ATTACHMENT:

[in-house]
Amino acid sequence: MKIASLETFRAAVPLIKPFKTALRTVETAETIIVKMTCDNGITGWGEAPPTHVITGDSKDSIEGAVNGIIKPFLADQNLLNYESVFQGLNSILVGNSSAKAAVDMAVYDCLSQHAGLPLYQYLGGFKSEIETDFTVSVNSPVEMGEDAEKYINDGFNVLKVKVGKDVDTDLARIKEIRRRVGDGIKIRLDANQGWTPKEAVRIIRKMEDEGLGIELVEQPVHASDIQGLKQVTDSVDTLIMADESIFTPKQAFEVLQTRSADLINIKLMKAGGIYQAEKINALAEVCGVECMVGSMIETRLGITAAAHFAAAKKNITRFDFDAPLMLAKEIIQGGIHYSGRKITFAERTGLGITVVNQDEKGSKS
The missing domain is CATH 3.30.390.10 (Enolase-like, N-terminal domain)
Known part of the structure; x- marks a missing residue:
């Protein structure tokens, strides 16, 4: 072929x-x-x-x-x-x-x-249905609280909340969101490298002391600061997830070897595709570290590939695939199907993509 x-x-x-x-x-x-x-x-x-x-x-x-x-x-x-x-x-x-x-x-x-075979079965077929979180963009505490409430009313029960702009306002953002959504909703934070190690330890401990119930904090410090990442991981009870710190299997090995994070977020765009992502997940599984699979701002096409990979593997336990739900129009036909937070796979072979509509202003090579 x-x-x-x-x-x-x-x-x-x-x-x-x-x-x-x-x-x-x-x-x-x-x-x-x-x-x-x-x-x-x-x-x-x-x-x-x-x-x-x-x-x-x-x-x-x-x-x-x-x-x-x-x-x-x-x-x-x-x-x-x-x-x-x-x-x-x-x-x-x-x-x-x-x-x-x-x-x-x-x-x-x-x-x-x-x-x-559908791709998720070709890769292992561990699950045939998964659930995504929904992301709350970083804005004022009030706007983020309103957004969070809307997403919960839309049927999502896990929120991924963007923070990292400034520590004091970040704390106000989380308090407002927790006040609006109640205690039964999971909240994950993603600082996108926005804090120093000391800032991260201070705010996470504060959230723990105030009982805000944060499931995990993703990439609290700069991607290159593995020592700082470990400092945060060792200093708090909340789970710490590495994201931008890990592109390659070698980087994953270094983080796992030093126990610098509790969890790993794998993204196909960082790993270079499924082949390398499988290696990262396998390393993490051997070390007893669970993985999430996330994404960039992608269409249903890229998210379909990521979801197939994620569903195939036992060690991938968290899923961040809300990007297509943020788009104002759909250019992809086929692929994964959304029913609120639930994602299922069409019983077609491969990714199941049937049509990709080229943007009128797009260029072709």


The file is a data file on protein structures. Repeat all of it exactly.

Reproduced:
[in-house]
Amino acid sequence: MKIASLETFRAAVPLIKPFKTALRTVETAETIIVKMTCDNGITGWGEAPPTHVITGDSKDSIEGAVNGIIKPFLADQNLLNYESVFQGLNSILVGNSSAKAAVDMAVYDCLSQHAGLPLYQYLGGFKSEIETDFTVSVNSPVEMGEDAEKYINDGFNVLKVKVGKDVDTDLARIKEIRRRVGDGIKIRLDANQGWTPKEAVRIIRKMEDEGLGIELVEQPVHASDIQGLKQVTDSVDTLIMADESIFTPKQAFEVLQTRSADLINIKLMKAGGIYQAEKINALAEVCGVECMVGSMIETRLGITAAAHFAAAKKNITRFDFDAPLMLAKEIIQGGIHYSGRKITFAERTGLGITVVNQDEKGSKS
The missing domain is CATH 3.30.390.10 (Enolase-like, N-terminal domain)
Known part of the structure; x- marks a missing residue:
């Protein structure tokens, strides 16, 4: 072929x-x-x-x-x-x-x-249905609280909340969101490298002391600061997830070897595709570290590939695939199907993509 x-x-x-x-x-x-x-x-x-x-x-x-x-x-x-x-x-x-x-x-x-075979079965077929979180963009505490409430009313029960702009306002953002959504909703934070190690330890401990119930904090410090990442991981009870710190299997090995994070977020765009992502997940599984699979701002096409990979593997336990739900129009036909937070796979072979509509202003090579 x-x-x-x-x-x-x-x-x-x-x-x-x-x-x-x-x-x-x-x-x-x-x-x-x-x-x-x-x-x-x-x-x-x-x-x-x-x-x-x-x-x-x-x-x-x-x-x-x-x-x-x-x-x-x-x-x-x-x-x-x-x-x-x-x-x-x-x-x-x-x-x-x-x-x-x-x-x-x-x-x-x-x-x-x-x-x-559908791709998720070709890769292992561990699950045939998964659930995504929904992301709350970083804005004022009030706007983020309103957004969070809307997403919960839309049927999502896990929120991924963007923070990292400034520590004091970040704390106000989380308090407002927790006040609006109640205690039964999971909240994950993603600082996108926005804090120093000391800032991260201070705010996470504060959230723990105030009982805000944060499931995990993703990439609290700069991607290159593995020592700082470990400092945060060792200093708090909340789970710490590495994201931008890990592109390659070698980087994953270094983080796992030093126990610098509790969890790993794998993204196909960082790993270079499924082949390398499988290696990262396998390393993490051997070390007893669970993985999430996330994404960039992608269409249903890229998210379909990521979801197939994620569903195939036992060690991938968290899923961040809300990007297509943020788009104002759909250019992809086929692929994964959304029913609120639930994602299922069409019983077609491969990714199941049937049509990709080229943007009128797009260029072709």